The period between the conversion of Constantine the Great in AD 312 and the accession of Theodosius II in AD 408 witnessed one of the most dramatic changes in world history. The Roman Empire, the superpower of the ancient Mediterranean world, was Christianised. At the start of the period, no more than 10 per cent of its population was Christian; by the end, this may have been nearing 90 per cent. As Catherine Nixey’s long-awaited book demonstrates, these changes did not come about quietly but were effected by force. Non-Christians were systematically persecuted – their temples ransacked, their statues smashed, their bodies beaten and burned. Hers is a tale written from the perspective of the losers, a salutary reminder of the darker side of the rise of Christianity.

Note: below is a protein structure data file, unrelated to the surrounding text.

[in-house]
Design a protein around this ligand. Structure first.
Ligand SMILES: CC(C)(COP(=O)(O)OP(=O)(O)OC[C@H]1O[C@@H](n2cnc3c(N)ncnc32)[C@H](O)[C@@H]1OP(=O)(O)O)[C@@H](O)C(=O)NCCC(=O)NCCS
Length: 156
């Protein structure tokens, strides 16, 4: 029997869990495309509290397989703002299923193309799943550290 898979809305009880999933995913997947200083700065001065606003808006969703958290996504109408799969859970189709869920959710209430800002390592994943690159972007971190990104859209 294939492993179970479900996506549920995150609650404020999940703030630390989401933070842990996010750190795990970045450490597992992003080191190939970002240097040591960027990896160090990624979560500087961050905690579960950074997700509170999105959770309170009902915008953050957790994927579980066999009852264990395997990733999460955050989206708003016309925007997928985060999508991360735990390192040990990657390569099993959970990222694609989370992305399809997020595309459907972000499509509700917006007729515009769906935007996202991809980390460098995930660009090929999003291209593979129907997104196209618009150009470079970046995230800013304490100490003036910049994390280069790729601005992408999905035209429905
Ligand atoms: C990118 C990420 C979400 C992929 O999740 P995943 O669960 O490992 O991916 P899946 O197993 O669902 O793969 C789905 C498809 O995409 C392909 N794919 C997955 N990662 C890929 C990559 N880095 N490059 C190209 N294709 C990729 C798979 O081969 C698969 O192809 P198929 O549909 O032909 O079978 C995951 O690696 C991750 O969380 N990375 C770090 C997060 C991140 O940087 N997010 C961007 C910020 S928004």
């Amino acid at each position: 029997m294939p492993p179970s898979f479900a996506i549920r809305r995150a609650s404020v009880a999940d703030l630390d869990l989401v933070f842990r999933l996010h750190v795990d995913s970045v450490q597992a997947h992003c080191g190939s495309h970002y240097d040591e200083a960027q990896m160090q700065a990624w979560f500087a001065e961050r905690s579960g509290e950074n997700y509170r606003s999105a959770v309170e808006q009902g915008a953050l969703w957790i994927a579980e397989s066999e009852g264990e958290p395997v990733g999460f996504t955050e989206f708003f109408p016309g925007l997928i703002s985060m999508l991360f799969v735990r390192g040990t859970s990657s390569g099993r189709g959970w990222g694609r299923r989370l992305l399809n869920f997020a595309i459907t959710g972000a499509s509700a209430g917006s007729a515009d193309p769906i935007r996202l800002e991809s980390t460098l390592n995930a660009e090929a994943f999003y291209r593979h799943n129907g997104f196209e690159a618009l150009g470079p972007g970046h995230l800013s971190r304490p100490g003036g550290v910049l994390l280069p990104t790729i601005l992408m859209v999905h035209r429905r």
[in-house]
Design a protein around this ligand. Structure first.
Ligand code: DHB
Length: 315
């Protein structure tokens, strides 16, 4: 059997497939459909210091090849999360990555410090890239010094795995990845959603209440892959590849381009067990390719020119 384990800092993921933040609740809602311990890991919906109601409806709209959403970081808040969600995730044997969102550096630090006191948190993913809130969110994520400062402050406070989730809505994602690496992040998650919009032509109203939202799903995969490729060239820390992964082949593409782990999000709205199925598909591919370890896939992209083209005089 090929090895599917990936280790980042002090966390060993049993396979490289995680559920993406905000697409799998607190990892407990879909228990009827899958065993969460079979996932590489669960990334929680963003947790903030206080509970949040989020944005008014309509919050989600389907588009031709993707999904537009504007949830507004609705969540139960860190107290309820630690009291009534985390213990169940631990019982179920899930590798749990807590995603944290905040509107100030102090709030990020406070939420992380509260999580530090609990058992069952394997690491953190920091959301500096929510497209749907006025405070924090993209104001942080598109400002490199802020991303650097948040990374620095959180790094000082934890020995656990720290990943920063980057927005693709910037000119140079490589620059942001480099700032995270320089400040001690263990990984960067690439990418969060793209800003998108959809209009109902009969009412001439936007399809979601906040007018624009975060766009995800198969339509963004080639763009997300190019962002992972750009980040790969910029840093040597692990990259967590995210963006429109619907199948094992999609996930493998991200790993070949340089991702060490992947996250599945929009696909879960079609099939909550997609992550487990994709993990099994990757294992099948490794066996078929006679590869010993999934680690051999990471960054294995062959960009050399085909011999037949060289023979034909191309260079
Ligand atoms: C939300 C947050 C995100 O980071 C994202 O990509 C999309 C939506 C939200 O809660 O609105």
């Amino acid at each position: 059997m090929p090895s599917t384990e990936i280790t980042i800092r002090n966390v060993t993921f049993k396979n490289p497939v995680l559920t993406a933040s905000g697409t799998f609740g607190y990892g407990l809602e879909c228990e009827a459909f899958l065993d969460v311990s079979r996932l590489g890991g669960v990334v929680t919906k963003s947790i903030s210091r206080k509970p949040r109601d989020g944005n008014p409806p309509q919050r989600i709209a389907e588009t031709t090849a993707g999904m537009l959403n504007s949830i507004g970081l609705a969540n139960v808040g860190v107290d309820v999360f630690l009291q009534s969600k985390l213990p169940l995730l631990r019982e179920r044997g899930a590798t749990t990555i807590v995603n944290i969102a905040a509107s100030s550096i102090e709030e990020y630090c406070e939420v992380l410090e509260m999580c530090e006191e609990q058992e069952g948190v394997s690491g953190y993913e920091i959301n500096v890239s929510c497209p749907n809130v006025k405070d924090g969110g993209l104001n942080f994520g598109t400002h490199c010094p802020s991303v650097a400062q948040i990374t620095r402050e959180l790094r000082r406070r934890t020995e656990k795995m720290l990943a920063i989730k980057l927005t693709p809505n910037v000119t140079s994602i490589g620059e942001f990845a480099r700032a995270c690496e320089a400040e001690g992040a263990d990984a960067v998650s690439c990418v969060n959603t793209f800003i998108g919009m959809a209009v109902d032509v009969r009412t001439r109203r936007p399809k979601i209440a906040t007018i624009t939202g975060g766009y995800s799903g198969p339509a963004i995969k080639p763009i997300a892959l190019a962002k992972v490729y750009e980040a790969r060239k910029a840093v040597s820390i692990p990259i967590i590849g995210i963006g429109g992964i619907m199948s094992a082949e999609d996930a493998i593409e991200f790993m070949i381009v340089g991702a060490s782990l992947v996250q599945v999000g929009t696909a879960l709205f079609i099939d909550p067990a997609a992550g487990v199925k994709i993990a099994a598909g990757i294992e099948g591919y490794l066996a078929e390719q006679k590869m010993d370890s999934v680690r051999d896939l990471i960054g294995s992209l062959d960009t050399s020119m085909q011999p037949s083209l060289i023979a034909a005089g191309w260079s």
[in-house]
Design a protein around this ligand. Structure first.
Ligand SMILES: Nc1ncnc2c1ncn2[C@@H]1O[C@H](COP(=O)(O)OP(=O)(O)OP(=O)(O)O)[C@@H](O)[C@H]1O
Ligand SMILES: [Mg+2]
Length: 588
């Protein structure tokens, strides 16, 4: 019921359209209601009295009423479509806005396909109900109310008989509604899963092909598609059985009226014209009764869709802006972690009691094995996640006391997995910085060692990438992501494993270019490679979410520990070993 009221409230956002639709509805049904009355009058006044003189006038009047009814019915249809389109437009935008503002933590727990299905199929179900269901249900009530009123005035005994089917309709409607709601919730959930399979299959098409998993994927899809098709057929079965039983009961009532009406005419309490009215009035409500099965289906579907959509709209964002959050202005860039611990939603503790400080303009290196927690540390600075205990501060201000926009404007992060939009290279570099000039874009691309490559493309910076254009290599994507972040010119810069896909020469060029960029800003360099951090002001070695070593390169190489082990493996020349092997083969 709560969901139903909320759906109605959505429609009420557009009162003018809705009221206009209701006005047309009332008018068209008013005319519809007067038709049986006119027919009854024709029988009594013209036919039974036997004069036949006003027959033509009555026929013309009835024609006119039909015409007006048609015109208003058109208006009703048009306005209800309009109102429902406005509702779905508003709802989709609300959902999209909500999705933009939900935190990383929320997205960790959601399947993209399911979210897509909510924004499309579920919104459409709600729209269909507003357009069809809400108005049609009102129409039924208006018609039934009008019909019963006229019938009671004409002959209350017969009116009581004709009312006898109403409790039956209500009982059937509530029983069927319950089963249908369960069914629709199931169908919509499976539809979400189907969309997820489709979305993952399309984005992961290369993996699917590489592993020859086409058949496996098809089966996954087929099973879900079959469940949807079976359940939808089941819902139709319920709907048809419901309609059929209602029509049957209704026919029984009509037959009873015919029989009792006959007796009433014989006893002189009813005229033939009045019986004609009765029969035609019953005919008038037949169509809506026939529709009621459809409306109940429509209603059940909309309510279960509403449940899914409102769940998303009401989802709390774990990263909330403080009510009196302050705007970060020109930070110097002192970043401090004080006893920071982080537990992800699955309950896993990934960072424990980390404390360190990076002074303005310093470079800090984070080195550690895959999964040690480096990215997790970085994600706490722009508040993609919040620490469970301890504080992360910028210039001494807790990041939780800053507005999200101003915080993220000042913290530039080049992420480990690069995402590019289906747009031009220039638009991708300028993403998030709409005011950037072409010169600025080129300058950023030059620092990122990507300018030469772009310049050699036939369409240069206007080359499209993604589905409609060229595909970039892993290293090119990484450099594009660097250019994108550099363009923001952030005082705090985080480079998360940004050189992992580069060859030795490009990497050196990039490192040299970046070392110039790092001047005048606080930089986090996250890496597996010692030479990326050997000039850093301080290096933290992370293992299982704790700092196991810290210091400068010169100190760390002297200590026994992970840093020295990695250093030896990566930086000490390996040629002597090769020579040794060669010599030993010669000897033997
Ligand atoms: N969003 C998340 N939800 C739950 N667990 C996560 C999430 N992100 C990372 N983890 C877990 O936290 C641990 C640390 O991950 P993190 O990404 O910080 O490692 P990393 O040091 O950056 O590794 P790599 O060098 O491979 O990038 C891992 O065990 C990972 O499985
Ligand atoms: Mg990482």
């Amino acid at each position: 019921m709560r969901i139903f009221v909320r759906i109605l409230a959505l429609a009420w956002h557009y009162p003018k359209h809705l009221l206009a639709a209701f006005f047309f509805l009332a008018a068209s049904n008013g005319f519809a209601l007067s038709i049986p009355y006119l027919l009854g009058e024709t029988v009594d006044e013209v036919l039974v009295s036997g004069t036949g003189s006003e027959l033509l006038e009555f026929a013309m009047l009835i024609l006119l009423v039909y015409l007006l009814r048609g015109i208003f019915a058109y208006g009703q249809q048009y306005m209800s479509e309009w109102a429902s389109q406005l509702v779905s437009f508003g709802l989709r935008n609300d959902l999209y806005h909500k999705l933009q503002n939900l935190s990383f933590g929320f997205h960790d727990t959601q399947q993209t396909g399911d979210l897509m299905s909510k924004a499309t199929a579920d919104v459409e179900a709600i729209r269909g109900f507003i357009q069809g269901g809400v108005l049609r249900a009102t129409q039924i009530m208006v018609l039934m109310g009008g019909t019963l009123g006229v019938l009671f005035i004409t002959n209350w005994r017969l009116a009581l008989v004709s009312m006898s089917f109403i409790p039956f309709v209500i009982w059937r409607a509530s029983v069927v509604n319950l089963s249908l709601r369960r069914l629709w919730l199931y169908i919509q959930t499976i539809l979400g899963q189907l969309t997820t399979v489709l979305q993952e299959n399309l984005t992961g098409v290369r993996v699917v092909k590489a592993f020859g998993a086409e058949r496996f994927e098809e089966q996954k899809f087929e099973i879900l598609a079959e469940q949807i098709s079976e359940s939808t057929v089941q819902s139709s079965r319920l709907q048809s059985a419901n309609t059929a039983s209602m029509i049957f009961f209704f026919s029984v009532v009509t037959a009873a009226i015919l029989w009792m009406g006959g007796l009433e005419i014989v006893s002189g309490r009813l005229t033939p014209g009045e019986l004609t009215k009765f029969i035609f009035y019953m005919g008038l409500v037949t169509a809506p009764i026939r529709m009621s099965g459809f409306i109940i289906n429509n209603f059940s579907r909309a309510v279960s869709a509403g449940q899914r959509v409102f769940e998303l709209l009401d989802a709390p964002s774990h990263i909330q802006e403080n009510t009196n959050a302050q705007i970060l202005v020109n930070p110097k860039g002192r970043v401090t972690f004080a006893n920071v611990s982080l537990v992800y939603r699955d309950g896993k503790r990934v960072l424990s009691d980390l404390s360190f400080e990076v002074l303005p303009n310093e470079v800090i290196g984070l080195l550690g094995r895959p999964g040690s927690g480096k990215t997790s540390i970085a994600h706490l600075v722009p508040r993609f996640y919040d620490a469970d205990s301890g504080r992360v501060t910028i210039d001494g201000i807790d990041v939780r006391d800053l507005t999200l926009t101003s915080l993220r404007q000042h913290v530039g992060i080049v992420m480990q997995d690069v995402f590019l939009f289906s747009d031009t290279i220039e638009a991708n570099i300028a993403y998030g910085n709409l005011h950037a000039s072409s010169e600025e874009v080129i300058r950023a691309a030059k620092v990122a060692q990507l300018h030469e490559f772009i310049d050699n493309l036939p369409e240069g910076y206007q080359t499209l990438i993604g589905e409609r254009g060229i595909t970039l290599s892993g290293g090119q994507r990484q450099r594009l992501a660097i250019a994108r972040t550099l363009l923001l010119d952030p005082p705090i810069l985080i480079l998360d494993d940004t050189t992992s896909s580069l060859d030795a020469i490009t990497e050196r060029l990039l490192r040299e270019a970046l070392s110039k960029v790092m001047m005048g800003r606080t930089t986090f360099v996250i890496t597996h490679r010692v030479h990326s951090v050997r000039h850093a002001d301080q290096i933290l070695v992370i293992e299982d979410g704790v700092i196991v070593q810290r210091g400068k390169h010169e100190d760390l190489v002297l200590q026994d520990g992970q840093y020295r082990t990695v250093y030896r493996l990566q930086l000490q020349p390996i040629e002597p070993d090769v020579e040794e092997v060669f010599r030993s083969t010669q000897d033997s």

Nixey opens with an arresting description of the overthrow of Palmyra in around 385, an event that, as she notes, bears similarities to the recent treatment of the site by Islamic State. An account of the experiences of the 6th-century philosopher Damascius – the last leader of the famed Athenian